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(USA TODAY/WUSA9) -- Maryland's attorney general, an outspoken opponent of underage drinking, says it was not his responsibility as a parent or a high-ranking law enforcement official to intervene at a teen beach party in June where alcohol was apparently served, The Baltimore Sun reports.

Douglas Gansler, a Democrat candidate for governor, says he does not remember whether he saw anyone drinking at the high school party in Delaware, the newspaper reports Wednesday.

In a press conference Thursday, Gansler said he was only at the party to speak with his son.

A photo, which was posted to Instagram by one of those attending, shows Gansler with a cellphone pushing through a crowd of young people, including some dancing shirtless on a table amid a smattering of red plastic cups.

The Sun says underage participants at the party at a rented house in South Bethany, Del., later confirmed that many were drinking alcohol.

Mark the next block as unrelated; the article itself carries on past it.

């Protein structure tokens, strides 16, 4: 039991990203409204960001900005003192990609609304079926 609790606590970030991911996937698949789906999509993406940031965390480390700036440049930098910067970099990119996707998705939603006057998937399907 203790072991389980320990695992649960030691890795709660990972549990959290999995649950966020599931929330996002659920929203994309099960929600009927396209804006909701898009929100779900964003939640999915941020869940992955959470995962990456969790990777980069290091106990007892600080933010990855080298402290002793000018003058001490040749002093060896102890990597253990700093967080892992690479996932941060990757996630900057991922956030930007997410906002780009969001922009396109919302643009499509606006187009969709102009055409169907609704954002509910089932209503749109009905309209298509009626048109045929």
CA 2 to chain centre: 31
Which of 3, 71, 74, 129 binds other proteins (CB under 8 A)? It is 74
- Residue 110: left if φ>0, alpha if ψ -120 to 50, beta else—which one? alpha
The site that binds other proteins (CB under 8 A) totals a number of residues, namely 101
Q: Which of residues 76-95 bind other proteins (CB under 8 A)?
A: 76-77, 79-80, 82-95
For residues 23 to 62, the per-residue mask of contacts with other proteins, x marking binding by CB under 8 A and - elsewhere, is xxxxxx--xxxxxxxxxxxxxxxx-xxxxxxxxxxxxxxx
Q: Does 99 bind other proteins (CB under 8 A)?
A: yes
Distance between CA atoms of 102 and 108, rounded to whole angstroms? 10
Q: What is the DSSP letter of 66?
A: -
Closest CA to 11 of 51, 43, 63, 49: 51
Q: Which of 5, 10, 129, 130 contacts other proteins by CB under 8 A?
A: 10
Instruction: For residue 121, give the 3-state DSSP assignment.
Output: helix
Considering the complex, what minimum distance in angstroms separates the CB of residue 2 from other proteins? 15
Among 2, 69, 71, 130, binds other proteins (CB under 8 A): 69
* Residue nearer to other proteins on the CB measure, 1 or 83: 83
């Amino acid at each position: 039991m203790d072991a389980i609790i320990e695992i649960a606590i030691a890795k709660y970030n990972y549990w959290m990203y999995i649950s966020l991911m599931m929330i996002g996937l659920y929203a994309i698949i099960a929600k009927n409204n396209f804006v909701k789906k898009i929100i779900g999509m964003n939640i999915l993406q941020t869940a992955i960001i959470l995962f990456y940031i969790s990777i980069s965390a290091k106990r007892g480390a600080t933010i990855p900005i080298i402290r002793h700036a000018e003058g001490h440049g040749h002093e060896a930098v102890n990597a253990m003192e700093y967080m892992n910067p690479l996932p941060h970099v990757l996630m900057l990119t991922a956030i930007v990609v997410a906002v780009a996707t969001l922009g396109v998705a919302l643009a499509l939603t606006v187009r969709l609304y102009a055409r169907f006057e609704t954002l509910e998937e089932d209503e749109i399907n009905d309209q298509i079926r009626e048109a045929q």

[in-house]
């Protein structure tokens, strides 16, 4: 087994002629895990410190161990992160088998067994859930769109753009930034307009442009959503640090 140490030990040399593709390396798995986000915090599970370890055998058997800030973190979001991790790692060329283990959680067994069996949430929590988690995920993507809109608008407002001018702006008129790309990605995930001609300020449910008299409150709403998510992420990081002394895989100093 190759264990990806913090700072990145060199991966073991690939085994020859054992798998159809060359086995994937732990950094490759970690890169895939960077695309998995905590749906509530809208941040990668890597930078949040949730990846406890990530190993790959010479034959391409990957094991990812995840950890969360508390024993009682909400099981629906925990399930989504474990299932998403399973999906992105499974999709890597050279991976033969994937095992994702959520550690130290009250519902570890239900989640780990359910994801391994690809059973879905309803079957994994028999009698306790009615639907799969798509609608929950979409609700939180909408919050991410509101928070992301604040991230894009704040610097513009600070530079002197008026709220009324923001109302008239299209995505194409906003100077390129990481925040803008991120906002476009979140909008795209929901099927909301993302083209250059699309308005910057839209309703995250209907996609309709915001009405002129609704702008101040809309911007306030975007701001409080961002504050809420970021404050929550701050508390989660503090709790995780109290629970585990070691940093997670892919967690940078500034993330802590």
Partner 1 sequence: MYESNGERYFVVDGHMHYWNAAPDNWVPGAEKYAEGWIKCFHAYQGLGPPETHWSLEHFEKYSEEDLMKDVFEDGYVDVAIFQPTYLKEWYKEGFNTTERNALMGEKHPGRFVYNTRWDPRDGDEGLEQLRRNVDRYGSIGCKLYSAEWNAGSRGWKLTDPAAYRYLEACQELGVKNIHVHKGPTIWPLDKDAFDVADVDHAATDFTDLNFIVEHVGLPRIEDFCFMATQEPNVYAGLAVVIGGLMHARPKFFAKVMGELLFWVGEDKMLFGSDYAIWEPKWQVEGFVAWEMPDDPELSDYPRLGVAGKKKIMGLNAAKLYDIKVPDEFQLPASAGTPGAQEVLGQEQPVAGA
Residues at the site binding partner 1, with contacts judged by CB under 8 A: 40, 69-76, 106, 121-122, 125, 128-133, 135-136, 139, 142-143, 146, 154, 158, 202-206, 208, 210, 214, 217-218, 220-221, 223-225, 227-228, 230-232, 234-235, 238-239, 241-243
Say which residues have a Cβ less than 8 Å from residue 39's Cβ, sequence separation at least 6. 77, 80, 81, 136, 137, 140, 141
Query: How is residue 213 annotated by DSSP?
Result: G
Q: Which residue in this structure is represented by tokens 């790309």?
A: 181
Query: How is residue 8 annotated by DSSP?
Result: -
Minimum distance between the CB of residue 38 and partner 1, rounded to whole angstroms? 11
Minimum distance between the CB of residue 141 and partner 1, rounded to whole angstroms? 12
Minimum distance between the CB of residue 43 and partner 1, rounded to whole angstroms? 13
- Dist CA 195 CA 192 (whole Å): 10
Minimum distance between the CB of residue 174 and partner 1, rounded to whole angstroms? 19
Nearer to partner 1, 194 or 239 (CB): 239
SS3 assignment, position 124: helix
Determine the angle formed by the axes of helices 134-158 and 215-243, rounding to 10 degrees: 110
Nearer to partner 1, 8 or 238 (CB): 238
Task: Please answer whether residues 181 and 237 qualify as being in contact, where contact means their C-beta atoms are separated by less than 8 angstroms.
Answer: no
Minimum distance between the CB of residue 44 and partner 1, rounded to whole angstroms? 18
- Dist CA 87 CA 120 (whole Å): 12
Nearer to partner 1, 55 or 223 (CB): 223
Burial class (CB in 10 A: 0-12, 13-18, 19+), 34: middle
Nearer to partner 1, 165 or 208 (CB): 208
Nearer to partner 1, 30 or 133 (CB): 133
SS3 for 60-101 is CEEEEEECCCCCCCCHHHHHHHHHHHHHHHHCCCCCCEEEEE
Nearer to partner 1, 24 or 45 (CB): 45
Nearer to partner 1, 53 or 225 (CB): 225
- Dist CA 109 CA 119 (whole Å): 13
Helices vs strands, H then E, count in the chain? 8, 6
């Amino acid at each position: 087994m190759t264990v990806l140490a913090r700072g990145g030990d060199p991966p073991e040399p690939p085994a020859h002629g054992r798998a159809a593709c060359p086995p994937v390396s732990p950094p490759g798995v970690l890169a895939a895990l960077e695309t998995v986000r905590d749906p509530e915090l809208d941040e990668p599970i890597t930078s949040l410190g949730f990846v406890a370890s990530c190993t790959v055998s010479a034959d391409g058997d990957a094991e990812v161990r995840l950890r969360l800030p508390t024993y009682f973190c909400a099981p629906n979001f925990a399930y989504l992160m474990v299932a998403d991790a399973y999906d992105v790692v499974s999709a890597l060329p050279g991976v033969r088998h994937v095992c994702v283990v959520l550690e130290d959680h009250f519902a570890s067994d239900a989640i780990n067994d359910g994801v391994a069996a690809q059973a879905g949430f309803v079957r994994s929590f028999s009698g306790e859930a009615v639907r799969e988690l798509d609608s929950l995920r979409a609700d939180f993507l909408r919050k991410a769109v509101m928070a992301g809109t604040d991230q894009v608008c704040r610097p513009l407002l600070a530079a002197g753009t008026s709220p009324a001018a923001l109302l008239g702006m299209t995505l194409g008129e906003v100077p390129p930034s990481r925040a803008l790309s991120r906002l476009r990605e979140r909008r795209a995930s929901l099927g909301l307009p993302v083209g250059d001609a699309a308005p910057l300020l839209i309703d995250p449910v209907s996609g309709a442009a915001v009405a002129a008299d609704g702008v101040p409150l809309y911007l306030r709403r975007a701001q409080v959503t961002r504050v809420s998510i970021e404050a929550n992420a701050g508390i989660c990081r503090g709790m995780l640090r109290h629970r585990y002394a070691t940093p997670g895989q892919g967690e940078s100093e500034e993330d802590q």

"Assume for purposes of discussion that there was widespread drinking at this party," Gansler tells The Sun. "How is that relevant to me? ... The question is, do I have any moral authority over other people's children at beach week in another state? I say no."

Gansler said Thursday he probably should have done more.

"In hindsight I probably should have assumed there was drinking and talked to the chaperones about whether that was appropriate," he said.

Gansler appeared in a video last year that was part of a campaign by the Century Council, a non-profit that fights teen drinking and drunken driving.

"Parents, you're the leading influence on your teen's decision not to drink," Gansler says in the video for the organization's campaign to persuade parents to talk to middle-school children about drinking. "It's never too early to talk with your kids about smart ways to say no."

Although Gansler, according to the newspaper, was among the group of parents who rented the six-bedroom beach house for the teen party, he tells the newspaper that he was only briefly at the event and that his son was not drinking.

"My responsibility is only to my child. ... Everybody has their own moral compass. Mine is to raise my own child," he tells The Sun.


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